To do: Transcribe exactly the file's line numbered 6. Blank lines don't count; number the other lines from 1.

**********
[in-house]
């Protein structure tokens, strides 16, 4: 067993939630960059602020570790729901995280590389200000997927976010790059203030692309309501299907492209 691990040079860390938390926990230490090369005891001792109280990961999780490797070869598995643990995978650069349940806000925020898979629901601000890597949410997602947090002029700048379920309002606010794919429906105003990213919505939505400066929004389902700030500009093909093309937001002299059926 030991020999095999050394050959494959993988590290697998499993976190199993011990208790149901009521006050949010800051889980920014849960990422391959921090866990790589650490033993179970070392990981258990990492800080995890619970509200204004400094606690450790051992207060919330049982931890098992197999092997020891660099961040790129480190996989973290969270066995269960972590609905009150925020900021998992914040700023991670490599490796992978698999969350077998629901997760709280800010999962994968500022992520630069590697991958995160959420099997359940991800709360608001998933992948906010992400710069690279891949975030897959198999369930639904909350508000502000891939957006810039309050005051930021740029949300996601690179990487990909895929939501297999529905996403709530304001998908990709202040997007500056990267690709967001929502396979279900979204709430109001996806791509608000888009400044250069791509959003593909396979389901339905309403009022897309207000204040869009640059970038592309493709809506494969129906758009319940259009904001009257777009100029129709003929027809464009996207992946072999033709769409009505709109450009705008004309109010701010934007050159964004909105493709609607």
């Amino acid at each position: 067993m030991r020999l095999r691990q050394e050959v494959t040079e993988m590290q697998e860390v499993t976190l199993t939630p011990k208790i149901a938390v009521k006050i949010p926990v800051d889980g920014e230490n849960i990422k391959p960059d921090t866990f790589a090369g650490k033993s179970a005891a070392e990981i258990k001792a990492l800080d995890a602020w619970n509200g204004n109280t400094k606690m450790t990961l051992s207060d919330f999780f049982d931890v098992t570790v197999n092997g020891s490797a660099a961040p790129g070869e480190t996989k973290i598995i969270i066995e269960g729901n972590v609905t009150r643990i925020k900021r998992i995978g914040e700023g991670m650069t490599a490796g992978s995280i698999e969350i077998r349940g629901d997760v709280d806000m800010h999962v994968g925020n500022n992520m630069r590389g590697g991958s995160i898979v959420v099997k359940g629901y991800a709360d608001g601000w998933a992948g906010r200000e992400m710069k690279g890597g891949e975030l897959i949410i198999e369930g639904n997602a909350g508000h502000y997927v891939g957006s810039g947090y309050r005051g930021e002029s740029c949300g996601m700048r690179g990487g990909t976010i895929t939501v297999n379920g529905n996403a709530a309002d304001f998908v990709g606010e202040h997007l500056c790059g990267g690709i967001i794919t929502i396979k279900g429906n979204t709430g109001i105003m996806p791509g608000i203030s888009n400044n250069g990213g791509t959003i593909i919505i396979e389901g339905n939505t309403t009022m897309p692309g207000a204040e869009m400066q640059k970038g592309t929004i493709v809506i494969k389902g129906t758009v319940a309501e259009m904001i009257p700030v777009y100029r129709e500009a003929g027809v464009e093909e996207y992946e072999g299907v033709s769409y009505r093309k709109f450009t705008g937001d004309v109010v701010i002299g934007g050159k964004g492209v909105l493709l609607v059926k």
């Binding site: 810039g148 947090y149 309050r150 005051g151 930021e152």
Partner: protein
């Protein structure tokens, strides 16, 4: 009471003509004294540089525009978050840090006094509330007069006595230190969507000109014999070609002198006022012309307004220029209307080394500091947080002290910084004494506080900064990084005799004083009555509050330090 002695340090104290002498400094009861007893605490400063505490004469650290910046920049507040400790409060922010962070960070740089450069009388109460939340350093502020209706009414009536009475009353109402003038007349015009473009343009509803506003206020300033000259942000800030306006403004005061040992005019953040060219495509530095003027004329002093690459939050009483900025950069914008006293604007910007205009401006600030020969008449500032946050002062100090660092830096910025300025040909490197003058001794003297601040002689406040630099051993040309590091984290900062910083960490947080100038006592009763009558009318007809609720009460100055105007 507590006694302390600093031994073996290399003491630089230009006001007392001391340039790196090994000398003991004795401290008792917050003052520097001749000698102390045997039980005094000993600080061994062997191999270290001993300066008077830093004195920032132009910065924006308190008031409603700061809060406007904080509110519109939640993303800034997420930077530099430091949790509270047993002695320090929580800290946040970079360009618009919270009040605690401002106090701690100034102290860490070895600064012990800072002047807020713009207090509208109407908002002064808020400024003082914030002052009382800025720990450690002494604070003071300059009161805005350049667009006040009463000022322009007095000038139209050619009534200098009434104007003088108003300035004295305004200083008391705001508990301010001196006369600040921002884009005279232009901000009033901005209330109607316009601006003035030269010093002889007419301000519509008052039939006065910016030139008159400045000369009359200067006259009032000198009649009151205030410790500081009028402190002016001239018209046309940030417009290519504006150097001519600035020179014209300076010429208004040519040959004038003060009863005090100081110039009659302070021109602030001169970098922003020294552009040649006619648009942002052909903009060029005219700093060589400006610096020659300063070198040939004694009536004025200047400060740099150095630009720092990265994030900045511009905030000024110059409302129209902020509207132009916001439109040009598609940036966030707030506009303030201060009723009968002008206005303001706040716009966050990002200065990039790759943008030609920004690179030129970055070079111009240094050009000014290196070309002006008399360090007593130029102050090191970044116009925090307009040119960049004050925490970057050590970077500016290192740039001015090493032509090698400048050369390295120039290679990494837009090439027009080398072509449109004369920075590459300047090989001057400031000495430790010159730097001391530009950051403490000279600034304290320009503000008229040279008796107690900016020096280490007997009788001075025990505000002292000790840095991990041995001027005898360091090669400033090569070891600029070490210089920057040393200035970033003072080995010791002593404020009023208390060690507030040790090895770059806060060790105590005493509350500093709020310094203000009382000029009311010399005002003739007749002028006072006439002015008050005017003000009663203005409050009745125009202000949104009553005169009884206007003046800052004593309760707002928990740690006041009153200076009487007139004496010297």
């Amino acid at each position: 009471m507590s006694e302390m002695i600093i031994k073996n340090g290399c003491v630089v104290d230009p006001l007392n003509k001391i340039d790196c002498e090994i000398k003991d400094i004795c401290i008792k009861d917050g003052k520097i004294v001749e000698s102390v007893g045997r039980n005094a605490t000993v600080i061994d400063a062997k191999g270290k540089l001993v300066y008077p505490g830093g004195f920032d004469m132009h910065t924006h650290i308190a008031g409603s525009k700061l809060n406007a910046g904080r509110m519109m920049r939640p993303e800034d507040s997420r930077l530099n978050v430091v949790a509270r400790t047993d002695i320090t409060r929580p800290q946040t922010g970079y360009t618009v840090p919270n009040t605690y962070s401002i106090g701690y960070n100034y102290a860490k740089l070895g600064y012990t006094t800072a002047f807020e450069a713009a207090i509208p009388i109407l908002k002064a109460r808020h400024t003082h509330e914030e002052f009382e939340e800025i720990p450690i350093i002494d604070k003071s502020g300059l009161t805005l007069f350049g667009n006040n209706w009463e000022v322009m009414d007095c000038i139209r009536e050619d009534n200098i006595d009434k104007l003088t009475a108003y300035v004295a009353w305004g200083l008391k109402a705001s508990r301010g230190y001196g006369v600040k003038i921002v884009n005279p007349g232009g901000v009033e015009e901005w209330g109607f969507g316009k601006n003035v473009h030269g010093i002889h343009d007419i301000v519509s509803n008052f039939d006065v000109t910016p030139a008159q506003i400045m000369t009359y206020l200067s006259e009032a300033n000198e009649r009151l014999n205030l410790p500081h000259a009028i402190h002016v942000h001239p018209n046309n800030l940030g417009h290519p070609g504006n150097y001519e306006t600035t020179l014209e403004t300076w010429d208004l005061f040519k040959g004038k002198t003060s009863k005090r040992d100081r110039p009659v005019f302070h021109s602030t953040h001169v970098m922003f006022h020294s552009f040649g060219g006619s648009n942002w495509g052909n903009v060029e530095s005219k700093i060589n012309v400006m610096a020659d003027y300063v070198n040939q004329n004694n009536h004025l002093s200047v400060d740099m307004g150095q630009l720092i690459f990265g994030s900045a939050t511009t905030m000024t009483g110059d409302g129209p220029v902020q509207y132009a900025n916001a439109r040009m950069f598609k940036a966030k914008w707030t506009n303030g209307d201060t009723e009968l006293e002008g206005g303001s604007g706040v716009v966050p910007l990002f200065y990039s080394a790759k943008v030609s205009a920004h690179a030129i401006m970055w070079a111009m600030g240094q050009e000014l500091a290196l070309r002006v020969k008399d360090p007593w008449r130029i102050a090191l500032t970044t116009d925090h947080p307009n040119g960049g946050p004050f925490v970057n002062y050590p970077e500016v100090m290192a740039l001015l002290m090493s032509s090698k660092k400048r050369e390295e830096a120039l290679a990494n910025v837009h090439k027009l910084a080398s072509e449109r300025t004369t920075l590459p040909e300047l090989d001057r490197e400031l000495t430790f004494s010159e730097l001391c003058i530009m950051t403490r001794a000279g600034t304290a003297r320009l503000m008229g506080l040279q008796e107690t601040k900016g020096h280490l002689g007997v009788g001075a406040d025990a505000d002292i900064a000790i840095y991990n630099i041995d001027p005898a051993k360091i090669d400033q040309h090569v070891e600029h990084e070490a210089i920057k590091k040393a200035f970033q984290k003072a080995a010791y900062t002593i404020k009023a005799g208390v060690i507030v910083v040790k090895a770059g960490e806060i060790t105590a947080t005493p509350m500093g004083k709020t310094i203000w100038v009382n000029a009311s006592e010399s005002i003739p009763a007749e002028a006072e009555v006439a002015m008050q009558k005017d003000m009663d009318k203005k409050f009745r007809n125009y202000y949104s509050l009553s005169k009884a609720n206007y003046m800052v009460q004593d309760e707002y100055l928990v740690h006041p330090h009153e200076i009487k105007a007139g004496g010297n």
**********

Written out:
């Protein structure tokens, strides 16, 4: 009471003509004294540089525009978050840090006094509330007069006595230190969507000109014999070609002198006022012309307004220029209307080394500091947080002290910084004494506080900064990084005799004083009555509050330090 002695340090104290002498400094009861007893605490400063505490004469650290910046920049507040400790409060922010962070960070740089450069009388109460939340350093502020209706009414009536009475009353109402003038007349015009473009343009509803506003206020300033000259942000800030306006403004005061040992005019953040060219495509530095003027004329002093690459939050009483900025950069914008006293604007910007205009401006600030020969008449500032946050002062100090660092830096910025300025040909490197003058001794003297601040002689406040630099051993040309590091984290900062910083960490947080100038006592009763009558009318007809609720009460100055105007 507590006694302390600093031994073996290399003491630089230009006001007392001391340039790196090994000398003991004795401290008792917050003052520097001749000698102390045997039980005094000993600080061994062997191999270290001993300066008077830093004195920032132009910065924006308190008031409603700061809060406007904080509110519109939640993303800034997420930077530099430091949790509270047993002695320090929580800290946040970079360009618009919270009040605690401002106090701690100034102290860490070895600064012990800072002047807020713009207090509208109407908002002064808020400024003082914030002052009382800025720990450690002494604070003071300059009161805005350049667009006040009463000022322009007095000038139209050619009534200098009434104007003088108003300035004295305004200083008391705001508990301010001196006369600040921002884009005279232009901000009033901005209330109607316009601006003035030269010093002889007419301000519509008052039939006065910016030139008159400045000369009359200067006259009032000198009649009151205030410790500081009028402190002016001239018209046309940030417009290519504006150097001519600035020179014209300076010429208004040519040959004038003060009863005090100081110039009659302070021109602030001169970098922003020294552009040649006619648009942002052909903009060029005219700093060589400006610096020659300063070198040939004694009536004025200047400060740099150095630009720092990265994030900045511009905030000024110059409302129209902020509207132009916001439109040009598609940036966030707030506009303030201060009723009968002008206005303001706040716009966050990002200065990039790759943008030609920004690179030129970055070079111009240094050009000014290196070309002006008399360090007593130029102050090191970044116009925090307009040119960049004050925490970057050590970077500016290192740039001015090493032509090698400048050369390295120039290679990494837009090439027009080398072509449109004369920075590459300047090989001057400031000495430790010159730097001391530009950051403490000279600034304290320009503000008229040279008796107690900016020096280490007997009788001075025990505000002292000790840095991990041995001027005898360091090669400033090569070891600029070490210089920057040393200035970033003072080995010791002593404020009023208390060690507030040790090895770059806060060790105590005493509350500093709020310094203000009382000029009311010399005002003739007749002028006072006439002015008050005017003000009663203005409050009745125009202000949104009553005169009884206007003046800052004593309760707002928990740690006041009153200076009487007139004496010297």